Despite pressure from a small group of Americans advocating for gender policy reform, there is a strong majority of California and Idaho voters who believe in the implementation of certain gender policies would be harmful.
A new poll released by Spry Strategies and the Women’s Liberation Front surveyed 600 voters in California and Idaho on gender policy issues, asking how their opinions on gender identity is reflected in recent legislation in their states.
Using a four-point margin of error, the poll determined that “organized opposition to the increasingly strange demands of the gender identity movement” are actually “mainstream opinions” held by a majority of voters.
“The policies being pushed by gender extremists cut against the majority opinions of likely voters in both California, and Idaho. They should stop trying to win this debate by falsely describing themselves as representing the popular will,” said Natasha Chart, board chair of the Women’s Liberation Front.
According to poll results, while at least 15 percent of Idaho voters and 26 percent of California voters claimed they had no opinion or are in support of potentially harmful medical treatments for minors, a strong majority of voters in California (74 percent) and Idaho (85 percent) “disagree with allowing minors to access procedures that can sterilize them for life through hormone treatments or surgery.”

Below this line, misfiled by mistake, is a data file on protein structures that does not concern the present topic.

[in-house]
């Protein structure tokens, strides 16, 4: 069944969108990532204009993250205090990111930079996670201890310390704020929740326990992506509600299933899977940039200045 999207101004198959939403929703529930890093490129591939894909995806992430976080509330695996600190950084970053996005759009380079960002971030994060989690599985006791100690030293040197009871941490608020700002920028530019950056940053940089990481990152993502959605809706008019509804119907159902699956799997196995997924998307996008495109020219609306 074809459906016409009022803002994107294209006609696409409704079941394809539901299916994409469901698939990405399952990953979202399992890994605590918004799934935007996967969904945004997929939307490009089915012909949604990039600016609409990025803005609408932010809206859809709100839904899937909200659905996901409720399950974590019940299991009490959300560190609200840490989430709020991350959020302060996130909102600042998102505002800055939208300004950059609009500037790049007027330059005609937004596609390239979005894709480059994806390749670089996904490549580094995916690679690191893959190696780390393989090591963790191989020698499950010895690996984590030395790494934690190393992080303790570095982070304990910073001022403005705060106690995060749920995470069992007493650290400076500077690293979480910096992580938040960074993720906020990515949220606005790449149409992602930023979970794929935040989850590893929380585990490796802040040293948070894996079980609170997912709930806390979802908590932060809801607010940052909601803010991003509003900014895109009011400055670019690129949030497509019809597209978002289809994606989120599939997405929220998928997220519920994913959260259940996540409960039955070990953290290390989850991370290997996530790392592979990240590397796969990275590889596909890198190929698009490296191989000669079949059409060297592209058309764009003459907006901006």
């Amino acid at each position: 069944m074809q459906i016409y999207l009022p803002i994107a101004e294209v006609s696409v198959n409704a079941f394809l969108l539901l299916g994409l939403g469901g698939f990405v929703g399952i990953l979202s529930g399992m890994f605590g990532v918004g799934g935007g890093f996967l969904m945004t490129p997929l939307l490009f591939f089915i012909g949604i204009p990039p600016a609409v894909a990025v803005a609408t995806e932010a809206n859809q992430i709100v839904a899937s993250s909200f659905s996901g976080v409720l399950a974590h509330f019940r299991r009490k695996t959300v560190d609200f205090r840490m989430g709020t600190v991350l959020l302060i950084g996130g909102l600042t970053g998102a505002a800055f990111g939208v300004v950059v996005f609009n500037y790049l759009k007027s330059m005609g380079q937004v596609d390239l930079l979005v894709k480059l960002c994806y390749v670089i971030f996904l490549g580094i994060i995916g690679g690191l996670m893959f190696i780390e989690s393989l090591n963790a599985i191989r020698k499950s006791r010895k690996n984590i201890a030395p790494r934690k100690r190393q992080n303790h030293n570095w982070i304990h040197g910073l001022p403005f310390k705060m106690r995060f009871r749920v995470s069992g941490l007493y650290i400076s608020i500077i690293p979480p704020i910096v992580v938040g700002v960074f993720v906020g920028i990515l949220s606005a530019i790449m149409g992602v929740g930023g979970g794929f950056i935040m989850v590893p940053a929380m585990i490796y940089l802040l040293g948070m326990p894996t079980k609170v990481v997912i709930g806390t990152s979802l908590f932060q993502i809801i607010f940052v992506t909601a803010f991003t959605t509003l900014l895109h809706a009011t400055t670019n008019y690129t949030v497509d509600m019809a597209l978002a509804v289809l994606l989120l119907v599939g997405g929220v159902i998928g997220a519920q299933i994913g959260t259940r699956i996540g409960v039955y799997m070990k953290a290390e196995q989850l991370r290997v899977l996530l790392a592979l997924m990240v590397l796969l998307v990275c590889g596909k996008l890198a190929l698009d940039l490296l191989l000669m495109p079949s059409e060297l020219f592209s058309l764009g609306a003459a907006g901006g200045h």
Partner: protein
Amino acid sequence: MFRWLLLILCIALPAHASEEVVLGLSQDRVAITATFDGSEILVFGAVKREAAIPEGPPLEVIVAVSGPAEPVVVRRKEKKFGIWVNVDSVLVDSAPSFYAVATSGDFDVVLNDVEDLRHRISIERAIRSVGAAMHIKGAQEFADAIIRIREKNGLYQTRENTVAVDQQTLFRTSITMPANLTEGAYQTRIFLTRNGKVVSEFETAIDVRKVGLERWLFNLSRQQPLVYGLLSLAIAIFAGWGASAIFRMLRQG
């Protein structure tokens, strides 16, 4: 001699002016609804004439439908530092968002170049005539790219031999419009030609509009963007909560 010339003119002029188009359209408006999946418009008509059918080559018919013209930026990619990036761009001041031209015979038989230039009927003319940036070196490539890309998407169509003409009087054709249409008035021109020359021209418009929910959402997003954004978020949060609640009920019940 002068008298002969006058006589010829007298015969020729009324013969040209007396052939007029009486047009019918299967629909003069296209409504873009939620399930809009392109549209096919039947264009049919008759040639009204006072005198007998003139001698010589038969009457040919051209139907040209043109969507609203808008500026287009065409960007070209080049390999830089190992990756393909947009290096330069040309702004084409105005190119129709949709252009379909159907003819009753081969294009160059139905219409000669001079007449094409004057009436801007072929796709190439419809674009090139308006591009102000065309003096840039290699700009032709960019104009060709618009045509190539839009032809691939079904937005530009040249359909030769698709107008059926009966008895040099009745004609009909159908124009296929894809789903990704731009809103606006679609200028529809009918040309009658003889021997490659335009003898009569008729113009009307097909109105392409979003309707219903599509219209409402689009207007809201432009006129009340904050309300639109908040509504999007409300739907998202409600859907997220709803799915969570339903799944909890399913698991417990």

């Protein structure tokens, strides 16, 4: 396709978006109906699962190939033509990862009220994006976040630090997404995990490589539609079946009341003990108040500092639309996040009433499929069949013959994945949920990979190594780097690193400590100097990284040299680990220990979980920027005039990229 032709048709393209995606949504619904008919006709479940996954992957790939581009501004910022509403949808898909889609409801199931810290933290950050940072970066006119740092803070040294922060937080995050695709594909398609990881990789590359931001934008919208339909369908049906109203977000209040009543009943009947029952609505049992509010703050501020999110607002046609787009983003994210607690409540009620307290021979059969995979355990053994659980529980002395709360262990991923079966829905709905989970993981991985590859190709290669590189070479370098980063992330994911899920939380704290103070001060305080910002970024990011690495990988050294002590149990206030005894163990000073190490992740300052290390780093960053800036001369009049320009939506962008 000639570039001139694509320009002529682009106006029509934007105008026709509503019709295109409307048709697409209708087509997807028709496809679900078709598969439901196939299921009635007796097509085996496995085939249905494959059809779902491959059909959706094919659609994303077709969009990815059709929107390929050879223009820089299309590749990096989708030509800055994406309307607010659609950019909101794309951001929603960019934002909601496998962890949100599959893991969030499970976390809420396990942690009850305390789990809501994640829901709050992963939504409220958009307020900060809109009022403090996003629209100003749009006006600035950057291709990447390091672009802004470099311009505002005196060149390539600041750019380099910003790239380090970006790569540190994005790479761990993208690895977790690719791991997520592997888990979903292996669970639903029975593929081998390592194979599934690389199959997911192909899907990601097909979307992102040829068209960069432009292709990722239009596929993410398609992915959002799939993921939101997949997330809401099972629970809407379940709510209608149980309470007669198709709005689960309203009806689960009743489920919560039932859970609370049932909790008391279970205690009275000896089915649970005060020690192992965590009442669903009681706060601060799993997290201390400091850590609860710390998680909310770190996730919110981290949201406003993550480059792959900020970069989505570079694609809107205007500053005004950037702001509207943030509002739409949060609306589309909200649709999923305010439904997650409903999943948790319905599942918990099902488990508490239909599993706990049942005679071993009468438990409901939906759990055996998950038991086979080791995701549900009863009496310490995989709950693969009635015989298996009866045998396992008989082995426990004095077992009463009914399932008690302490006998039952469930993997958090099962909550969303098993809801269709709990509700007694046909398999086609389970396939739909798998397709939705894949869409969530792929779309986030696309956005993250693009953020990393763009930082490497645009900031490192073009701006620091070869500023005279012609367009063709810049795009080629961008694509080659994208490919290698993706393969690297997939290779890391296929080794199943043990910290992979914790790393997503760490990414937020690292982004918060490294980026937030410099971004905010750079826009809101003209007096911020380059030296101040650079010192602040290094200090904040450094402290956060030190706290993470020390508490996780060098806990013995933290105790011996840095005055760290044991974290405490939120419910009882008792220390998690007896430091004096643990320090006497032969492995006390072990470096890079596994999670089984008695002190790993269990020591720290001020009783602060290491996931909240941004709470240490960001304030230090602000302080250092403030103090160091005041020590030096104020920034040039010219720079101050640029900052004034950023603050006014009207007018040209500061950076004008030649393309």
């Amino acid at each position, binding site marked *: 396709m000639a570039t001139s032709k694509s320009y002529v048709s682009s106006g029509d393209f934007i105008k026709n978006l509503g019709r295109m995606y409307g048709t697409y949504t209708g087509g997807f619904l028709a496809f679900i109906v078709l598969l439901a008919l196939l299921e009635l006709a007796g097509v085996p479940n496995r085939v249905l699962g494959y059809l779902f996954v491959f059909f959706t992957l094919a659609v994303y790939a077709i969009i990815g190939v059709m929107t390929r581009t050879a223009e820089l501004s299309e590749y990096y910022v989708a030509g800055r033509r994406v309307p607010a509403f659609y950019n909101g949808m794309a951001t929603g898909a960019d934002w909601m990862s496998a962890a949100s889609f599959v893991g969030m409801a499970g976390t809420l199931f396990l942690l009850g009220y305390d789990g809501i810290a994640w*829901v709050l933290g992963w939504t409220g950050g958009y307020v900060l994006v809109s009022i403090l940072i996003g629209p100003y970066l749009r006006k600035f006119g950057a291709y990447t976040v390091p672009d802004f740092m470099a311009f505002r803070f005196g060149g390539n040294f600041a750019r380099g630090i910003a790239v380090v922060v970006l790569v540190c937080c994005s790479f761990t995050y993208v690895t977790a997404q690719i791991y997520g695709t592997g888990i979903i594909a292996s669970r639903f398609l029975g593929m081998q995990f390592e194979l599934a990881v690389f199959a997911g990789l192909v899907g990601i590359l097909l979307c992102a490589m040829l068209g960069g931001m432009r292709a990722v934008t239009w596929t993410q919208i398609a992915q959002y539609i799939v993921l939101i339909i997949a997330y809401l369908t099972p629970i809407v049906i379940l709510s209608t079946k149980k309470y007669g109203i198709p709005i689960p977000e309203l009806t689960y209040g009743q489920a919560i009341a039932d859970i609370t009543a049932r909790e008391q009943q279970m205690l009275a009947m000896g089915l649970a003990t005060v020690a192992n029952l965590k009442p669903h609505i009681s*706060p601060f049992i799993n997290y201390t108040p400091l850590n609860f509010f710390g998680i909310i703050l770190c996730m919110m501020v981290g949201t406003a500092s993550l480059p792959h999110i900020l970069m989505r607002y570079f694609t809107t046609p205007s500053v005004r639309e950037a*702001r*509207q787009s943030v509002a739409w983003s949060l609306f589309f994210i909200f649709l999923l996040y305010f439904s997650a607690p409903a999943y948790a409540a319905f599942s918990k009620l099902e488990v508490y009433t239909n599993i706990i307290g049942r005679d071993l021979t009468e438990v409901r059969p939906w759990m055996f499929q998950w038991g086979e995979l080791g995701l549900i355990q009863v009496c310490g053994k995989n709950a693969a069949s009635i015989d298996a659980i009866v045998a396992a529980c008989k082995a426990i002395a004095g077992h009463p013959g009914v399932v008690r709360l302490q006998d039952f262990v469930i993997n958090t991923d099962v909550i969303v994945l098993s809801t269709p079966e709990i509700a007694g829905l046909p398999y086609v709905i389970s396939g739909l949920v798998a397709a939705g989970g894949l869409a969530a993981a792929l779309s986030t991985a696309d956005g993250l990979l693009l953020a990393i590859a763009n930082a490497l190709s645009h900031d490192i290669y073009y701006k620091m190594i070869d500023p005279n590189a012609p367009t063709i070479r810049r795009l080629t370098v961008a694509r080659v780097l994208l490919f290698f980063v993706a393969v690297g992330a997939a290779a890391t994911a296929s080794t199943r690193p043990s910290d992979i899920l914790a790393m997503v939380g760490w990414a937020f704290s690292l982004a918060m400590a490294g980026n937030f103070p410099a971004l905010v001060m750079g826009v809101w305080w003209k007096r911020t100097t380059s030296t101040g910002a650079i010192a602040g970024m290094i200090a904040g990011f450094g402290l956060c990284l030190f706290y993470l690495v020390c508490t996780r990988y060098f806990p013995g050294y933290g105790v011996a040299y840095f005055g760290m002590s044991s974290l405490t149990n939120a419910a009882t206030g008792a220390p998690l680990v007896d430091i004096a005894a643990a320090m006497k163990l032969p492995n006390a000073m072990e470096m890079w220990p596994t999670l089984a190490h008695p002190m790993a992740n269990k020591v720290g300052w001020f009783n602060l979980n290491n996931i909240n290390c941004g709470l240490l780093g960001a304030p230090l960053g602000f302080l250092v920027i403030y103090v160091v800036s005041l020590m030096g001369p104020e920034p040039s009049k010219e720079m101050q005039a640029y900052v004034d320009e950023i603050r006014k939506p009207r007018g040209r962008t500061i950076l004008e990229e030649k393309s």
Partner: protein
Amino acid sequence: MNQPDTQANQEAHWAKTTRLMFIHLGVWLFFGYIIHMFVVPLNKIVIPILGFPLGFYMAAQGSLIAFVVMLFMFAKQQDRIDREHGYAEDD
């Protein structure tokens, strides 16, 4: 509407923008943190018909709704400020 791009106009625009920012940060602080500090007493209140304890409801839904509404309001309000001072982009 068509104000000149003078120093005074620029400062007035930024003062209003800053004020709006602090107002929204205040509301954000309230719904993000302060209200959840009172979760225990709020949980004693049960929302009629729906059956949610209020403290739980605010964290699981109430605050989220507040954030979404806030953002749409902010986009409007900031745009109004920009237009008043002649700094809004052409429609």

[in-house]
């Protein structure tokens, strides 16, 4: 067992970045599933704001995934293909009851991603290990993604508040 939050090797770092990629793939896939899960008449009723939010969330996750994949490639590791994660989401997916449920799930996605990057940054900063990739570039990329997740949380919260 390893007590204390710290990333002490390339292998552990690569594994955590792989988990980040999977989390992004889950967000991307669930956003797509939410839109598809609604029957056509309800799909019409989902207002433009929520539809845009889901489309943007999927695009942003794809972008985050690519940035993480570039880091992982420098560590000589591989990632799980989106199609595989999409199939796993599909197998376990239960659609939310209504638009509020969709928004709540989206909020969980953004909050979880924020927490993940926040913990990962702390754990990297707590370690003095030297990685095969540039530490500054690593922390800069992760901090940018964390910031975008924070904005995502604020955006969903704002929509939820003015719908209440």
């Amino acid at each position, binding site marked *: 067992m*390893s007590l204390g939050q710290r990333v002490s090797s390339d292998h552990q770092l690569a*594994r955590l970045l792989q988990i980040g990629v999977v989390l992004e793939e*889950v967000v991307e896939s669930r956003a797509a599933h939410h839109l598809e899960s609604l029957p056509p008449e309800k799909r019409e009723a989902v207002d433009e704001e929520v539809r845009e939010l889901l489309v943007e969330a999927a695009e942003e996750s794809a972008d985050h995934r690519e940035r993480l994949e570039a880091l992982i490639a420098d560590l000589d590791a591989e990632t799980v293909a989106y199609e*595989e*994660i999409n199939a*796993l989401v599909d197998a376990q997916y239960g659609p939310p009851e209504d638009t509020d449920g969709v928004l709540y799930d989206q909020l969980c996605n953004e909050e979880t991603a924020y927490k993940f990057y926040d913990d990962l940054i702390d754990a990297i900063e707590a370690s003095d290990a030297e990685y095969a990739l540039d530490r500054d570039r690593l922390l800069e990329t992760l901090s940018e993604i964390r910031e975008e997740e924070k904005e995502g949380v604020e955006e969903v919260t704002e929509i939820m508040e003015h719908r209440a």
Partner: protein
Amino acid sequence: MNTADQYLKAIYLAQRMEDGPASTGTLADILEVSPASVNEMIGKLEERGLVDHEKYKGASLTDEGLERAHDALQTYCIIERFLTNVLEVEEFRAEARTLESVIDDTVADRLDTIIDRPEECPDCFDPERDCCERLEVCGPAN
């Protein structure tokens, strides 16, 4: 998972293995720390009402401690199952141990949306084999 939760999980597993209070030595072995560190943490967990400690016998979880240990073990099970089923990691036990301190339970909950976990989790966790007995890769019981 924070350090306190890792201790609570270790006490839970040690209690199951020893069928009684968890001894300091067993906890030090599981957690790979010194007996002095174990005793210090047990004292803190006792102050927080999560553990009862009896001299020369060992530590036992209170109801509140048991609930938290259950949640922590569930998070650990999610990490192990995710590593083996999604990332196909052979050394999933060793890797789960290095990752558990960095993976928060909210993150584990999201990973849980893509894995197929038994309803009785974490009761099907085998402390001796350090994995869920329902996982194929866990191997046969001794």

And despite strong pushback by the left, support for Idaho’s “The Fairness in Women’s Sports Act” came in at around 66 percent. In total, 79 percent of Idaho voters think that “boys and men should not be allowed to identify their way into female-only sporting competitions.”
Other pending legislation attempting to blur the lines of sex and gender such as AB 2218 in California, “which would establish…a taxpayer-subsidized fund to pay for sex change surgeries and hormones that cause sterilization for minors and adults,” was met with the skepticism and dissent of many voters, where 63 percent said they disapprove.
Idaho’s HB 509 law “requiring vital statistics and birth records to be kept based on physical sex” garnered 58 percent support, suggesting that many disagreed with gender based identification on official documents.
The most divided policy included on the poll was SB 132 in Calfornia which “would allow male prisoners to demand placement in a women’s facility.” It was met with the disapproval of at least 46 percent of voters and left at least 15 percent of voters unsure.
“While we’re disappointed that even 38 percent of Californians support the idea of putting male inmates in women’s prisons, these polling results demonstrate that a majority of voters in these very different states largely support policies that are based on an accurate recognition of biological sex,” Chart said.